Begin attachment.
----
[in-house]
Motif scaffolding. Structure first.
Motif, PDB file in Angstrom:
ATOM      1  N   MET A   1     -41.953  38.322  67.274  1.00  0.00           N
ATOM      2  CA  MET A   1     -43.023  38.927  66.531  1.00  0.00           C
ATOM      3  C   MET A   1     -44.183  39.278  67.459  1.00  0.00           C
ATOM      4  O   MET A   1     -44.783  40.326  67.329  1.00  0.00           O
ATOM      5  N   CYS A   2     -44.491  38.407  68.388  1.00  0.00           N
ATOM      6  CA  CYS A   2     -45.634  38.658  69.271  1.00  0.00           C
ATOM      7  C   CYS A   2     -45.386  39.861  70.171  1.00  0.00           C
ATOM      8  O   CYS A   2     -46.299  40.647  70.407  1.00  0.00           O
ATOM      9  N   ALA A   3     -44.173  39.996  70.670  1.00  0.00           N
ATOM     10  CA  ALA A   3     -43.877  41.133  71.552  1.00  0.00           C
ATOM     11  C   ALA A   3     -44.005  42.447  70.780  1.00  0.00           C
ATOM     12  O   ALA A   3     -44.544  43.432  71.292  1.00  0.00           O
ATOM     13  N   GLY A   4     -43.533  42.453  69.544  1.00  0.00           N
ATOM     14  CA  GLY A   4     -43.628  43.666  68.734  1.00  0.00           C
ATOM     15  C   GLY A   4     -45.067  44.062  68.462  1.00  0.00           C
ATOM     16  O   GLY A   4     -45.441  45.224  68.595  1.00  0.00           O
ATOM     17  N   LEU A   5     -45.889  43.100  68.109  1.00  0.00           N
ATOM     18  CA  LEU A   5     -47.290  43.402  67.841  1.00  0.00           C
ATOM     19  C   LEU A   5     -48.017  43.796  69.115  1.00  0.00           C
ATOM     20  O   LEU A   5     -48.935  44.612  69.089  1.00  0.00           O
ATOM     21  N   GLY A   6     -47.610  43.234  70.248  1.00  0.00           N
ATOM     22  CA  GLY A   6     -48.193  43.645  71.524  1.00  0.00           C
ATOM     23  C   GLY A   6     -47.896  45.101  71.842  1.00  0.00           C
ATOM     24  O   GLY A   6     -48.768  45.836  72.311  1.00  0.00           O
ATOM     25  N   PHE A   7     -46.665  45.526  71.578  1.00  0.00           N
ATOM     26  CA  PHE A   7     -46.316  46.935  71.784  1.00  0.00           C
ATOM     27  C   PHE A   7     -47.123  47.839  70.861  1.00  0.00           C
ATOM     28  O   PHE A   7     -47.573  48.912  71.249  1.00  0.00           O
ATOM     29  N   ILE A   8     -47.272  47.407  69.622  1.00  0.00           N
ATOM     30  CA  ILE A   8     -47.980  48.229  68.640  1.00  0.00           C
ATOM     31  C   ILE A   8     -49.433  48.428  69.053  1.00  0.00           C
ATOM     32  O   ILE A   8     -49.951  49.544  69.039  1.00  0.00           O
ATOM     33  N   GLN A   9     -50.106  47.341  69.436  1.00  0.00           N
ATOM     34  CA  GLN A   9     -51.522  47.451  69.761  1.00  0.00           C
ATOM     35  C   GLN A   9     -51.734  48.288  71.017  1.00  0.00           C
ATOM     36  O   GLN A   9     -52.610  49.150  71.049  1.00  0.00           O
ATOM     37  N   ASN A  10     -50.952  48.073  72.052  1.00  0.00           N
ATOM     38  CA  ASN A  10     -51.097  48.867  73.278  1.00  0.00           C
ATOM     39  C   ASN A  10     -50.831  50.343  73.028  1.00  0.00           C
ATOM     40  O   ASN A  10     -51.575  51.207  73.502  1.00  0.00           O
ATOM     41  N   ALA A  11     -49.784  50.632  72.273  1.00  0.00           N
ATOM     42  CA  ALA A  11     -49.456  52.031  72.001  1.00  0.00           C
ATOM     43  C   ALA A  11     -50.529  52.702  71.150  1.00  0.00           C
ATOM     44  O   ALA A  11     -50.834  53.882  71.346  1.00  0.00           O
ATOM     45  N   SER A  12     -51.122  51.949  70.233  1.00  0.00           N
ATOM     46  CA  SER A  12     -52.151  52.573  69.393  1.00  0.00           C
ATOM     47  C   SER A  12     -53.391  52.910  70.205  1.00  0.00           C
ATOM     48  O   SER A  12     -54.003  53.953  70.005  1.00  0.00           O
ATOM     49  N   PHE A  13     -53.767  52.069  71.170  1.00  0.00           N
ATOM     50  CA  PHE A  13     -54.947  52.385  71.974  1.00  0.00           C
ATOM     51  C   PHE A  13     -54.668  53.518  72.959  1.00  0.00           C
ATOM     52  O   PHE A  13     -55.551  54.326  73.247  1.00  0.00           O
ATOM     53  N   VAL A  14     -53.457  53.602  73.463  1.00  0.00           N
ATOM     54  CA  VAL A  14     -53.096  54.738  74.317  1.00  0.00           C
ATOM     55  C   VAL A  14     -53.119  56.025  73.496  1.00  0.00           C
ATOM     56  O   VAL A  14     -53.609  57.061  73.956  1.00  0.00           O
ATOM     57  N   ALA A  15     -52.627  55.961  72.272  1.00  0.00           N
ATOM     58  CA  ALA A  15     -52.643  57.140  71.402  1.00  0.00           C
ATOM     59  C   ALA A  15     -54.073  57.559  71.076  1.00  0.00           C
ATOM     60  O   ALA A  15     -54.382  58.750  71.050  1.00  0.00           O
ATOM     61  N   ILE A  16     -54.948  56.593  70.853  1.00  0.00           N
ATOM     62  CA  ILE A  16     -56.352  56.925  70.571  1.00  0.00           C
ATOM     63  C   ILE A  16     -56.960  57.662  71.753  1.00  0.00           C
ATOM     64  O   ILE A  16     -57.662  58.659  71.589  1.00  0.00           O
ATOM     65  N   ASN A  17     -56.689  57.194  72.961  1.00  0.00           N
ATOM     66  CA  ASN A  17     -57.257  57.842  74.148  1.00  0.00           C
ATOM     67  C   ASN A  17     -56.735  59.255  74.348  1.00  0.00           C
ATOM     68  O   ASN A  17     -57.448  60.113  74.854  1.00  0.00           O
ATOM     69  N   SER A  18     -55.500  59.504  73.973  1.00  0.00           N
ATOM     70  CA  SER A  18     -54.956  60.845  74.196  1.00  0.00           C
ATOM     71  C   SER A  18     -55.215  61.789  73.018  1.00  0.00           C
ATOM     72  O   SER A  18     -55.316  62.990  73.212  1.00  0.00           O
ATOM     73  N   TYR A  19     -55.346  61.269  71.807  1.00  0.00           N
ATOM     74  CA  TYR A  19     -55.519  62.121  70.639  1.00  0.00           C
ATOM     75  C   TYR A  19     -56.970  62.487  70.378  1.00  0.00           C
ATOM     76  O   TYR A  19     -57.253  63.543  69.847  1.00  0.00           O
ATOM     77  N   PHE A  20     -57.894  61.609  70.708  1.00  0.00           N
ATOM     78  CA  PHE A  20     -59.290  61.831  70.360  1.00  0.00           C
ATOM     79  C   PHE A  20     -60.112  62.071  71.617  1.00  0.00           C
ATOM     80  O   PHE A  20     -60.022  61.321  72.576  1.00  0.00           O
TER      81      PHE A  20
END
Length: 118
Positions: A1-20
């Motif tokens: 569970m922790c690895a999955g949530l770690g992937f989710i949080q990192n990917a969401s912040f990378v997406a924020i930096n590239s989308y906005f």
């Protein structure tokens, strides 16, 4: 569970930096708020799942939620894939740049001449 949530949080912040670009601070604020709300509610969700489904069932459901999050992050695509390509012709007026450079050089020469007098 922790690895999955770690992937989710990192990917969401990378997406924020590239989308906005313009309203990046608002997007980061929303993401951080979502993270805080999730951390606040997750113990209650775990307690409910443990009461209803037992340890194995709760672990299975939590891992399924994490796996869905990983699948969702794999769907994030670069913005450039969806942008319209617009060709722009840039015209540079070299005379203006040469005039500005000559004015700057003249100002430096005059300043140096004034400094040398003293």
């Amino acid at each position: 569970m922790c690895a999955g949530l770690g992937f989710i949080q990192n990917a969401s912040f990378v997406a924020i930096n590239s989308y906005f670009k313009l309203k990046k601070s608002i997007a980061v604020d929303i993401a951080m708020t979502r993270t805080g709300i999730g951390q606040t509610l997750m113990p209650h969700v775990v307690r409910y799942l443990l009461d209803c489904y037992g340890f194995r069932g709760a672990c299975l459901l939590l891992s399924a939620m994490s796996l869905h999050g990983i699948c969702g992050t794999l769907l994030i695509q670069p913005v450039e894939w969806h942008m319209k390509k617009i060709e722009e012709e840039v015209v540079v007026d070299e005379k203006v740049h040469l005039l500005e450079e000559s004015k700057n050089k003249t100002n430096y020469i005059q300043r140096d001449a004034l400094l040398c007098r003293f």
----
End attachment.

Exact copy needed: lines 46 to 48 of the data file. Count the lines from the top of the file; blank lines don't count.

ATOM     43  C   ALA A  11     -50.529  52.702  71.150  1.00  0.00           C
ATOM     44  O   ALA A  11     -50.834  53.882  71.346  1.00  0.00           O
ATOM     45  N   SER A  12     -51.122  51.949  70.233  1.00  0.00           N